A: A cyber security-first culture is vital as it fosters a proactive approach to cyber security across all levels of the organisation. It empowers employees to become vigilant defenders against cyber threats, reducing the risk of successful cyber attacks. A strong security culture also enhances the organisation's reputation, customer trust, and compliance standing – customers respect organisations that respect cyber security.
Q: How can cyber security champions drive the adoption of a cyber security-first culture?
A: Cyber security champions play a pivotal role in promoting secure behaviours and best practices throughout the organisation. They serve as influencers and educators, leading by example and motivating their peers to prioritise cyber security. Their advocacy encourages a culture of continuous learning and improvement.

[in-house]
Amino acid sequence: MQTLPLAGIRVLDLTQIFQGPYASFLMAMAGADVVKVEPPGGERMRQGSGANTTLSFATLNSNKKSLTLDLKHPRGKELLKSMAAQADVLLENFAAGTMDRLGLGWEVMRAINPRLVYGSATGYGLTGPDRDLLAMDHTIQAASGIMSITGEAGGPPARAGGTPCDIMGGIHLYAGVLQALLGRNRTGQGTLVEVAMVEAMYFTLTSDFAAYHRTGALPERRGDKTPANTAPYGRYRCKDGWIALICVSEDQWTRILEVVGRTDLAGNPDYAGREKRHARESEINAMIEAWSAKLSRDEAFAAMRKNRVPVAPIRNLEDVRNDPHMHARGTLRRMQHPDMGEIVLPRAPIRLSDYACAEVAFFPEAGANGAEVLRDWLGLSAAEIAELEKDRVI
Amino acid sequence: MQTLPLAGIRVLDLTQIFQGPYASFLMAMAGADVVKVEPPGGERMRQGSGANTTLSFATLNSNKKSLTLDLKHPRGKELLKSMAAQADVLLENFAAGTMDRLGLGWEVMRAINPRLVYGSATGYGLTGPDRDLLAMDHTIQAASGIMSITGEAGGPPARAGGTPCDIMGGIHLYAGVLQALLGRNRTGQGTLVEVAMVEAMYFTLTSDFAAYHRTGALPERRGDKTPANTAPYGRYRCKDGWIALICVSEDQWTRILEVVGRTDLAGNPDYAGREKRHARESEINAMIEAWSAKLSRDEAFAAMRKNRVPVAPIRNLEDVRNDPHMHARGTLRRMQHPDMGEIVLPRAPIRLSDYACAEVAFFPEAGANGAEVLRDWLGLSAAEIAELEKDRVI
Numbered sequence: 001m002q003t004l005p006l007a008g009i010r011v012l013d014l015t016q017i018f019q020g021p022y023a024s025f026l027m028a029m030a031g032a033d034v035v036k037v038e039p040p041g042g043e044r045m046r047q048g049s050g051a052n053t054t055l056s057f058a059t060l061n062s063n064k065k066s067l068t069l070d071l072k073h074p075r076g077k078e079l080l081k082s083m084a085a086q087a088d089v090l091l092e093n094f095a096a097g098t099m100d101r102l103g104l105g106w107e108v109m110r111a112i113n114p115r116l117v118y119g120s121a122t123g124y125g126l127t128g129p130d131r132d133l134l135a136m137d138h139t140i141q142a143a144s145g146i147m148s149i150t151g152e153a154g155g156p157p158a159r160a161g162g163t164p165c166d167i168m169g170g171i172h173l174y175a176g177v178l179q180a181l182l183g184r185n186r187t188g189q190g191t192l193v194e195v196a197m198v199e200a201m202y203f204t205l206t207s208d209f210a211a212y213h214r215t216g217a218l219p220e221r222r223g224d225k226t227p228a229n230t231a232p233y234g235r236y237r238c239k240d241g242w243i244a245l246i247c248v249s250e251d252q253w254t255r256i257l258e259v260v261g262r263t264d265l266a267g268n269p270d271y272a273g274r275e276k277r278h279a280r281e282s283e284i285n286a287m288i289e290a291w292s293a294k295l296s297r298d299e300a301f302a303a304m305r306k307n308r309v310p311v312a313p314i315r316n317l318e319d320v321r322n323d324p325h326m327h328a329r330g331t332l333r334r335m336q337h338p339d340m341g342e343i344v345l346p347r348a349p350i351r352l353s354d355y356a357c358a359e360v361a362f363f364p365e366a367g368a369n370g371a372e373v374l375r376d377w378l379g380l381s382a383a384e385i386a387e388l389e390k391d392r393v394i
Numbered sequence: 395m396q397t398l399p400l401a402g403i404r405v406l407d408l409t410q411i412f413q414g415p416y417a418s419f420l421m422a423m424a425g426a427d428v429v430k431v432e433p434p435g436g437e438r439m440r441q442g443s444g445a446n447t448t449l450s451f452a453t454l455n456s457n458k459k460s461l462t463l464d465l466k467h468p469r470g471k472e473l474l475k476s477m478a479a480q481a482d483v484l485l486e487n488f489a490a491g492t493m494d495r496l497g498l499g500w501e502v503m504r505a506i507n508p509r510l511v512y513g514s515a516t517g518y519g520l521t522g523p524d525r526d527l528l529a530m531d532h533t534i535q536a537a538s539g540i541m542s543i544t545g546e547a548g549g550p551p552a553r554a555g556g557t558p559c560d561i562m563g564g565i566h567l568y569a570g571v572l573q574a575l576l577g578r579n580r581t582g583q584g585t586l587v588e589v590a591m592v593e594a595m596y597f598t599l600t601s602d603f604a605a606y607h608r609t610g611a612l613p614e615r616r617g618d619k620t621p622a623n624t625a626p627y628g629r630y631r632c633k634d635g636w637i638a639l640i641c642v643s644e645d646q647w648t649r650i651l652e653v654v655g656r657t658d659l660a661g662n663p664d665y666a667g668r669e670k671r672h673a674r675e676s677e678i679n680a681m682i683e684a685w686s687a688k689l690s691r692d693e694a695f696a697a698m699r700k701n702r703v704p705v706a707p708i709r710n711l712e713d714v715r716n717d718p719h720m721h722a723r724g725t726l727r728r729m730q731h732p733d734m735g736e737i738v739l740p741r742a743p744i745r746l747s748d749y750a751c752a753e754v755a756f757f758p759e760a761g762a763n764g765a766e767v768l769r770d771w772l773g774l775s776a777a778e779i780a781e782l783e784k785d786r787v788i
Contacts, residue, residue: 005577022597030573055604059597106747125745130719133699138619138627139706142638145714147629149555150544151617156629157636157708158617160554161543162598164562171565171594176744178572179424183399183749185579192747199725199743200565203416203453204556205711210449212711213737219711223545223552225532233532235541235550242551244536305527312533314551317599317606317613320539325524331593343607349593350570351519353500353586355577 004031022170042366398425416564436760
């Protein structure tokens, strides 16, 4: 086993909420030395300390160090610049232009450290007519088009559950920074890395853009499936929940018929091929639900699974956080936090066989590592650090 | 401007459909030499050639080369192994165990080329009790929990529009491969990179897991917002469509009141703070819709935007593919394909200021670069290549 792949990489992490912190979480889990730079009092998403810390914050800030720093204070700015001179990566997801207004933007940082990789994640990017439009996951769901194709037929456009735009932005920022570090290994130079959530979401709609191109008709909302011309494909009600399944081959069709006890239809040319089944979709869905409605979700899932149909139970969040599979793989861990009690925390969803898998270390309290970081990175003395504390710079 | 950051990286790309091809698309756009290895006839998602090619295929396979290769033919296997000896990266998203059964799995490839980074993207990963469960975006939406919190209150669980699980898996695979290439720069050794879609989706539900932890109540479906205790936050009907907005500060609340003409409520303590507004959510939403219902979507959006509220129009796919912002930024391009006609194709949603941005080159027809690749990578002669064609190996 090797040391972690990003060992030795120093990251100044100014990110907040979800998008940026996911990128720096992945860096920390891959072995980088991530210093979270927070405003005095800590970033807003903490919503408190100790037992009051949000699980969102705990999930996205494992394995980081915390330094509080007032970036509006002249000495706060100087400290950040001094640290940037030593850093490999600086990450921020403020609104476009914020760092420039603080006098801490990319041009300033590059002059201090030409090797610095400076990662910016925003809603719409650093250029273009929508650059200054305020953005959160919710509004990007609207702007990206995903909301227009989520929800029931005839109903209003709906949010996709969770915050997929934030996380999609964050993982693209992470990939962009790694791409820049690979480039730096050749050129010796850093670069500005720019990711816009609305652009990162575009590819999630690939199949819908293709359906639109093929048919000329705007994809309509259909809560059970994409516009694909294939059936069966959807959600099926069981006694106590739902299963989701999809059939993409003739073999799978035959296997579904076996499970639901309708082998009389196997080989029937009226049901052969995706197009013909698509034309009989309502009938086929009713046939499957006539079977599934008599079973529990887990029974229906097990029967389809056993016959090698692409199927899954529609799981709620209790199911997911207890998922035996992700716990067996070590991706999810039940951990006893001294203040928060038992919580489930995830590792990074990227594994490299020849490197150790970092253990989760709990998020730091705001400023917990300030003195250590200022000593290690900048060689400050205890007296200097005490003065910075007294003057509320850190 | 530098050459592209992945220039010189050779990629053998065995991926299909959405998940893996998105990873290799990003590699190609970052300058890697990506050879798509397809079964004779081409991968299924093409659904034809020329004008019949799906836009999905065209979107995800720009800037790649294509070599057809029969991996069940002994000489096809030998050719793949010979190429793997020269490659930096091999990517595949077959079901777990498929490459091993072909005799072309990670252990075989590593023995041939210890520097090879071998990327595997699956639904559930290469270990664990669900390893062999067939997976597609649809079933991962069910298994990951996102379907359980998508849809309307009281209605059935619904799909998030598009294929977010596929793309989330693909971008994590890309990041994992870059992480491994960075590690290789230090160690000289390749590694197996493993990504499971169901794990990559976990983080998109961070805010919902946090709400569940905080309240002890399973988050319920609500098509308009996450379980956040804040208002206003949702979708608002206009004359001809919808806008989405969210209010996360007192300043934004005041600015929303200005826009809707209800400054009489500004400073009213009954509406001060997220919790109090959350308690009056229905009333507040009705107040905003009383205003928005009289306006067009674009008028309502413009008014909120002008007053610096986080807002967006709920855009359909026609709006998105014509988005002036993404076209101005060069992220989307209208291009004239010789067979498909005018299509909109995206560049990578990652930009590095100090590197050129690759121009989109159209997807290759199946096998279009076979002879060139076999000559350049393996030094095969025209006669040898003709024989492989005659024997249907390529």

Q: How can C-suite executives contribute to creating a cyber security-first culture?
A: C-suite executives set the tone for the entire organisation – not just for cyber security. By actively advocating for cyber security and demonstrating their commitment to it, they send a powerful message to employees about its importance. Their support is usually in conjunction with financial buy-in and support which also ensures that adequate resources and attention are allocated to cyber security initiatives and the biggest threats your organisation faces.
Q: What benefits do behavioural surveys bring to fostering a cyber security-first culture?